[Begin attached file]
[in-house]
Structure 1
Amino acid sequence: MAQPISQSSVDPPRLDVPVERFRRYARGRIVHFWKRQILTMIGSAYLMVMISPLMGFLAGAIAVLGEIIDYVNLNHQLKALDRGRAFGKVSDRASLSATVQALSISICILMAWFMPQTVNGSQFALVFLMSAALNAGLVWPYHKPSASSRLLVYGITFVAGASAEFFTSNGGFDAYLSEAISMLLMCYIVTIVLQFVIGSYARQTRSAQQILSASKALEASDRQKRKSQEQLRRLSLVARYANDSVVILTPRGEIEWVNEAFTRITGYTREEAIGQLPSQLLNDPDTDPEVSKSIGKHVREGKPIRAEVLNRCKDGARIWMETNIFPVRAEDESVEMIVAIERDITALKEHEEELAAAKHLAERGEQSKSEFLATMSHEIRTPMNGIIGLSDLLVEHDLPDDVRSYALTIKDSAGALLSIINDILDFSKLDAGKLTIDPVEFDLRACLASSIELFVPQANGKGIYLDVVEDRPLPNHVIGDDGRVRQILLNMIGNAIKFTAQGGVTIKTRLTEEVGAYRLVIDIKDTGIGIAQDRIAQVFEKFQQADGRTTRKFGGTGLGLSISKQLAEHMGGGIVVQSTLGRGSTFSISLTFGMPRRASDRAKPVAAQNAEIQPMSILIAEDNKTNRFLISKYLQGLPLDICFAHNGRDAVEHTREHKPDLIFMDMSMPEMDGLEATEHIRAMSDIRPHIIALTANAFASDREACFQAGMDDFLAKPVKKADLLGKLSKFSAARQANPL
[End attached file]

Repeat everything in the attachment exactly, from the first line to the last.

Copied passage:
[in-house]
Structure 1
Amino acid sequence: MAQPISQSSVDPPRLDVPVERFRRYARGRIVHFWKRQILTMIGSAYLMVMISPLMGFLAGAIAVLGEIIDYVNLNHQLKALDRGRAFGKVSDRASLSATVQALSISICILMAWFMPQTVNGSQFALVFLMSAALNAGLVWPYHKPSASSRLLVYGITFVAGASAEFFTSNGGFDAYLSEAISMLLMCYIVTIVLQFVIGSYARQTRSAQQILSASKALEASDRQKRKSQEQLRRLSLVARYANDSVVILTPRGEIEWVNEAFTRITGYTREEAIGQLPSQLLNDPDTDPEVSKSIGKHVREGKPIRAEVLNRCKDGARIWMETNIFPVRAEDESVEMIVAIERDITALKEHEEELAAAKHLAERGEQSKSEFLATMSHEIRTPMNGIIGLSDLLVEHDLPDDVRSYALTIKDSAGALLSIINDILDFSKLDAGKLTIDPVEFDLRACLASSIELFVPQANGKGIYLDVVEDRPLPNHVIGDDGRVRQILLNMIGNAIKFTAQGGVTIKTRLTEEVGAYRLVIDIKDTGIGIAQDRIAQVFEKFQQADGRTTRKFGGTGLGLSISKQLAEHMGGGIVVQSTLGRGSTFSISLTFGMPRRASDRAKPVAAQNAEIQPMSILIAEDNKTNRFLISKYLQGLPLDICFAHNGRDAVEHTREHKPDLIFMDMSMPEMDGLEATEHIRAMSDIRPHIIALTANAFASDREACFQAGMDDFLAKPVKKADLLGKLSKFSAARQANPL